Mitt Romney is the man we need in the White House! He has an optimistic vision for our wonderful country. He has the talents and abilities that can create real change in Washington. I completely agree with him, "Washington is broken." I believe that government is bloated and it needs to be streamlined to work more efficiently to be serve us, the people. We need to lower taxes and cut spending and use our resources wisely and Mitt has a plan to do those things. We need to strengthen the military. A strong military is our best ally for peace. We need affordable health care for everyone in this country. For all the plans out there, he is the only one that has actually passed health care and got it done in Massachusetts. It is not perfect, but I appreciate that it uses free market principals and has people take personal responsibility. He has a strong, good family and would be a wonderful ambassador in the cause of strengthing families. Mitt is very intelligent and has a strong grasp of all the issues. You only have to watch the debates to realize this. I trust his motivation for running for president. He has all the money he could ever need and could totally take it easy. Instead he chose to turn around the Olympics (without pay) and govern as a conservative in a liberal state (again without pay). Now he feels it is duty to try and help our nation but using the skills that he has honed throughout all his years of experience. More than any other republican running, he has an optimistic vision for our wonderful country. He has a plan and I believe that he can change our country for the better! Vote Mitt in '08!!!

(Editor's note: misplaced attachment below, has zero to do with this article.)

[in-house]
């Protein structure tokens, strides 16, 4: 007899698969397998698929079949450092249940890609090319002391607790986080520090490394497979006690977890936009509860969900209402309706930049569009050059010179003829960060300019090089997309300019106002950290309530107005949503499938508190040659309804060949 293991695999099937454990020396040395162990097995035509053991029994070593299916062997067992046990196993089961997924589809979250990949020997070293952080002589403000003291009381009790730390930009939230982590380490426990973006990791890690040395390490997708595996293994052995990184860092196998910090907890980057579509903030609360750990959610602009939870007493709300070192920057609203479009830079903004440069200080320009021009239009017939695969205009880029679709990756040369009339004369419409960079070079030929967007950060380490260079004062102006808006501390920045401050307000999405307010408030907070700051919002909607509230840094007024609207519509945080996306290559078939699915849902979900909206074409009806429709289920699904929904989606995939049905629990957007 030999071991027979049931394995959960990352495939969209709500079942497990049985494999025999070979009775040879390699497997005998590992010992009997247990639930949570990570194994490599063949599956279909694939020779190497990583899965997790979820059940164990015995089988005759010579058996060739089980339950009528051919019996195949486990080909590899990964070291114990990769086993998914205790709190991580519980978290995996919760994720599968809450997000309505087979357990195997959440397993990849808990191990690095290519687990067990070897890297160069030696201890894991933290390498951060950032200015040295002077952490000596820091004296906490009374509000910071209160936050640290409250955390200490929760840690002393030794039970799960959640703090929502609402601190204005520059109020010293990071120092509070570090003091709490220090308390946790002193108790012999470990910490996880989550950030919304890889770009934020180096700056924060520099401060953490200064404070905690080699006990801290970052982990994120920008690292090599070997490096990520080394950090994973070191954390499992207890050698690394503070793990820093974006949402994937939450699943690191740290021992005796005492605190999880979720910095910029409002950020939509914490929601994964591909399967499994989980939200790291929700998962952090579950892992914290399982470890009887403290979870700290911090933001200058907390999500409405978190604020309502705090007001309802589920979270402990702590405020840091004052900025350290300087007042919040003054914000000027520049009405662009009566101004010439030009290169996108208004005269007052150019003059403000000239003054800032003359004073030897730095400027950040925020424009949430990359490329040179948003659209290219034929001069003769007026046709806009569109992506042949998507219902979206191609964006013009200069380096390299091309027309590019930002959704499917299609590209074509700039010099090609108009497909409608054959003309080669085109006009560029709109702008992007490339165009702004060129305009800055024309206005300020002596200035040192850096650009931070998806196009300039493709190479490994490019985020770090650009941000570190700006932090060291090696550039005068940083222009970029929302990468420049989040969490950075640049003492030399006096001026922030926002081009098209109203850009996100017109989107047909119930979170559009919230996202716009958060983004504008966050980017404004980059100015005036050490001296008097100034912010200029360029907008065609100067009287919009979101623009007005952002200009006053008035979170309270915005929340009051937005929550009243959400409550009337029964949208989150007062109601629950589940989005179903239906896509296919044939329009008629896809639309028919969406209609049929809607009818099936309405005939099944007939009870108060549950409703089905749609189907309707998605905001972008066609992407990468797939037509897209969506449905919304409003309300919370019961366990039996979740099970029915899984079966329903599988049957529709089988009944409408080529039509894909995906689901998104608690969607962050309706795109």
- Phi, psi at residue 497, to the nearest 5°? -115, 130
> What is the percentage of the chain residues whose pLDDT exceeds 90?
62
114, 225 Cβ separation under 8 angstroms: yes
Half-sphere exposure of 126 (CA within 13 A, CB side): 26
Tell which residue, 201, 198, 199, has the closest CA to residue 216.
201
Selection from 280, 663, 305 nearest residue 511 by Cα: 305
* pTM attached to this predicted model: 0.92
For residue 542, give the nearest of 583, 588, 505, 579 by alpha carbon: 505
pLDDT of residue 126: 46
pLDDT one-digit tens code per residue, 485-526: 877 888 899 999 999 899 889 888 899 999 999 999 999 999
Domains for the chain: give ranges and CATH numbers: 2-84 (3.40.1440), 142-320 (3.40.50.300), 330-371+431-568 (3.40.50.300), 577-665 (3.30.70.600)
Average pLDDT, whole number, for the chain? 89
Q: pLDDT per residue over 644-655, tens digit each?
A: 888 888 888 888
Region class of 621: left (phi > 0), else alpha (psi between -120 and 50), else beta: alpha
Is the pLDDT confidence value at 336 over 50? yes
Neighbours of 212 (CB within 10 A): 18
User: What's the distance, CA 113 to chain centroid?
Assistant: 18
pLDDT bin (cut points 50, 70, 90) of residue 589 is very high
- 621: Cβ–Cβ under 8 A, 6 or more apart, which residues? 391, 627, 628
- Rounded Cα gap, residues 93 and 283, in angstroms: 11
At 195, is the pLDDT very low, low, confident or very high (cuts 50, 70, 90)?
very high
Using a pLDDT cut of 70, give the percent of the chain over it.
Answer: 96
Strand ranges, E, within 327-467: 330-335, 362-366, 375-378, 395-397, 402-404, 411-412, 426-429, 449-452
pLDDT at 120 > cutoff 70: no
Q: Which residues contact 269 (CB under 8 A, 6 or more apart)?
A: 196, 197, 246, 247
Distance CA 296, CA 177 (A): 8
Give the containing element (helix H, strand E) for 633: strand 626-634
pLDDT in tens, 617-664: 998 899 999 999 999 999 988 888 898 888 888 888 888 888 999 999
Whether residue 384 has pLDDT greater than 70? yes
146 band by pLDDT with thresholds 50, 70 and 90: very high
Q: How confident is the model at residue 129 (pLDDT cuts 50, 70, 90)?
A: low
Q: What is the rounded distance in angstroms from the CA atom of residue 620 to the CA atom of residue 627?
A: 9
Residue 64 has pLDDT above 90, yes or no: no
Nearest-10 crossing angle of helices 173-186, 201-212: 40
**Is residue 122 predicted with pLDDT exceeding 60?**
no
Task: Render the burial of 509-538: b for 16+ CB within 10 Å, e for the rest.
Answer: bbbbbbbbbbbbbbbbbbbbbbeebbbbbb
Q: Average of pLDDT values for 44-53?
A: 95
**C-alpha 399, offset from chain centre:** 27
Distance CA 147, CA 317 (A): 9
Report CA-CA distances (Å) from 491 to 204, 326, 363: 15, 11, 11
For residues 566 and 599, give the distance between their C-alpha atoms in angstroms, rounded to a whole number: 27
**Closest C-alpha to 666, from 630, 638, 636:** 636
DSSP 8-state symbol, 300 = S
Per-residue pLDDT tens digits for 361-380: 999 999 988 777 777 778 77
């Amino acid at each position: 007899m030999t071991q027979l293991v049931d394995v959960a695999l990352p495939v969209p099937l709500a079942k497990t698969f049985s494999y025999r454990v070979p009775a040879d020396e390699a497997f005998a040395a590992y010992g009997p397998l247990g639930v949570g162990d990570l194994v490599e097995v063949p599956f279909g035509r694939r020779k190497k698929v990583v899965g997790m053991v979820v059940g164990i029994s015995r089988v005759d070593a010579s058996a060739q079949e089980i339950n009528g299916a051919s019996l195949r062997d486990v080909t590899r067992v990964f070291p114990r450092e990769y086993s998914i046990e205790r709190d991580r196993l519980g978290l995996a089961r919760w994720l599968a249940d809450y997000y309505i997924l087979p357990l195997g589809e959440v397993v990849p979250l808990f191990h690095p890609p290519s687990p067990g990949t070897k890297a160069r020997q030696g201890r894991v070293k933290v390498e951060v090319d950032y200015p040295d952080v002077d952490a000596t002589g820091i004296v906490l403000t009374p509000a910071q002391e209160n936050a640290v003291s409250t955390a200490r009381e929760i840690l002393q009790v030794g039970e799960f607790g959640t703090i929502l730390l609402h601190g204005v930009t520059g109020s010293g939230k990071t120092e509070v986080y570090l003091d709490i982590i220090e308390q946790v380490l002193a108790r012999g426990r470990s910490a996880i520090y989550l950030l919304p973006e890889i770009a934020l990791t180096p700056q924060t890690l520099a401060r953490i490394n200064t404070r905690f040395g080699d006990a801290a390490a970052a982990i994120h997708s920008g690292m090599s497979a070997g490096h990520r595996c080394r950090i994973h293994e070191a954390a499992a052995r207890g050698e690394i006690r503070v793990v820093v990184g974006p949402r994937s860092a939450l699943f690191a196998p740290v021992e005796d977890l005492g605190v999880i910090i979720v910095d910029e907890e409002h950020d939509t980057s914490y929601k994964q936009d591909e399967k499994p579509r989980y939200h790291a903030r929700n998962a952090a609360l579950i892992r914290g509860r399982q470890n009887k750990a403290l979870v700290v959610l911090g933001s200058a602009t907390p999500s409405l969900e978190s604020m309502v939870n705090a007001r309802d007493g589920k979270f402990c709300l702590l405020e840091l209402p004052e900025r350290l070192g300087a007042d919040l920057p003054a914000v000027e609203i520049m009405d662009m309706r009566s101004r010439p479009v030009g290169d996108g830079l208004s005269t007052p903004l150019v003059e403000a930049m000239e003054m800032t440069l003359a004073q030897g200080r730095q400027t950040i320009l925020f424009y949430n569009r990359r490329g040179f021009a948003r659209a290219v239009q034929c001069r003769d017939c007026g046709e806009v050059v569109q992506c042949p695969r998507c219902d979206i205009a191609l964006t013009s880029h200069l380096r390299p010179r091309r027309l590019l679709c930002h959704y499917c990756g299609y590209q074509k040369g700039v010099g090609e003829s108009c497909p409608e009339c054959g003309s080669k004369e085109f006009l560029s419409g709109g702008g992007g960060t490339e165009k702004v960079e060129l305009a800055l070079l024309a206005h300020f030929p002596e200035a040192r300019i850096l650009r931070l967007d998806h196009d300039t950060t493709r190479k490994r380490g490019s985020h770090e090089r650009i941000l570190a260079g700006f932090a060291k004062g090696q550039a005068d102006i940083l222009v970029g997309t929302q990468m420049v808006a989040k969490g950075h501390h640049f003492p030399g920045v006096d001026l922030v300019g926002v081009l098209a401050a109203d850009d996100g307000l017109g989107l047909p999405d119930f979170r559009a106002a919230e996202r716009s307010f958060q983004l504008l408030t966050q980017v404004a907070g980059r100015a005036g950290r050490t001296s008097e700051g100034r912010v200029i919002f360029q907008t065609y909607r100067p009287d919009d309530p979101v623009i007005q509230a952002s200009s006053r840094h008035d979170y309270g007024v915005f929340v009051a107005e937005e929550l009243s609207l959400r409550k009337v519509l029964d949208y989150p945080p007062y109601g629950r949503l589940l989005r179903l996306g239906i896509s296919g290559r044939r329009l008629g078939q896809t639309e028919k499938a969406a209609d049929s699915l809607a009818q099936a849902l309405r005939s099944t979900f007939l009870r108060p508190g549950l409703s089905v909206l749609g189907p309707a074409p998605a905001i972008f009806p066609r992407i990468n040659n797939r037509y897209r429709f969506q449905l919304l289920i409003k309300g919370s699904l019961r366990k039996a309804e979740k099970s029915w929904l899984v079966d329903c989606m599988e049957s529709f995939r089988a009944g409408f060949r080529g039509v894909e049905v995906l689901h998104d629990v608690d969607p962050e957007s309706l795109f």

Check out my blog (later today) to see pictures and video from the Romney rally here in Denver yesterday.
Best to all,
Carli

1 comment:

Coby & Codi said...

You made some very good points in the response to Brian. He as well did a very good job at trying to figure out what was truly important. Tomorrow we will see how things shake out more. I would love to see Romney get a big jump in the delegates and see McCain only get a few, but only time will tell. If McCain gets the nod, I hope Ralph Nader throws his hat in as he will be who I vote for.
- Coby